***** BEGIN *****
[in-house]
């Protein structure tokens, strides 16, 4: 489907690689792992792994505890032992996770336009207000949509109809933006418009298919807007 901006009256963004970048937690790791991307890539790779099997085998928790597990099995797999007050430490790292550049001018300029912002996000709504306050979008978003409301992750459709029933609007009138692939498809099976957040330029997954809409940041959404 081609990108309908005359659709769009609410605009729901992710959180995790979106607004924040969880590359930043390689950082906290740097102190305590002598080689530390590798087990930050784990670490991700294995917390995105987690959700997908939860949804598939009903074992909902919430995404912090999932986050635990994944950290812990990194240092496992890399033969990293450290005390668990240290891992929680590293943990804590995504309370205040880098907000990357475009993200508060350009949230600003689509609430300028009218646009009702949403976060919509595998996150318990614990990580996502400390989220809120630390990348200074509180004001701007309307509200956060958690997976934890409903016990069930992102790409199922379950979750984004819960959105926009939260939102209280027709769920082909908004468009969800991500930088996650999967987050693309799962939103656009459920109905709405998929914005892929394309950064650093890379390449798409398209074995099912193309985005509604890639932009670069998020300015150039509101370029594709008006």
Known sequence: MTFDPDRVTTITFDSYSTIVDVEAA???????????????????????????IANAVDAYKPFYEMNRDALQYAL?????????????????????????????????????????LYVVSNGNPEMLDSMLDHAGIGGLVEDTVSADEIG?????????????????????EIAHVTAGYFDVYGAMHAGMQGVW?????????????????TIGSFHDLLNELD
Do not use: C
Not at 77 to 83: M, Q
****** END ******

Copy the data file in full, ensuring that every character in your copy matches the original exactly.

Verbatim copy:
[in-house]
């Protein structure tokens, strides 16, 4: 489907690689792992792994505890032992996770336009207000949509109809933006418009298919807007 901006009256963004970048937690790791991307890539790779099997085998928790597990099995797999007050430490790292550049001018300029912002996000709504306050979008978003409301992750459709029933609007009138692939498809099976957040330029997954809409940041959404 081609990108309908005359659709769009609410605009729901992710959180995790979106607004924040969880590359930043390689950082906290740097102190305590002598080689530390590798087990930050784990670490991700294995917390995105987690959700997908939860949804598939009903074992909902919430995404912090999932986050635990994944950290812990990194240092496992890399033969990293450290005390668990240290891992929680590293943990804590995504309370205040880098907000990357475009993200508060350009949230600003689509609430300028009218646009009702949403976060919509595998996150318990614990990580996502400390989220809120630390990348200074509180004001701007309307509200956060958690997976934890409903016990069930992102790409199922379950979750984004819960959105926009939260939102209280027709769920082909908004468009969800991500930088996650999967987050693309799962939103656009459920109905709405998929914005892929394309950064650093890379390449798409398209074995099912193309985005509604890639932009670069998020300015150039509101370029594709008006």
Known sequence: MTFDPDRVTTITFDSYSTIVDVEAA???????????????????????????IANAVDAYKPFYEMNRDALQYAL?????????????????????????????????????????LYVVSNGNPEMLDSMLDHAGIGGLVEDTVSADEIG?????????????????????EIAHVTAGYFDVYGAMHAGMQGVW?????????????????TIGSFHDLLNELD
Do not use: C
Not at 77 to 83: M, Q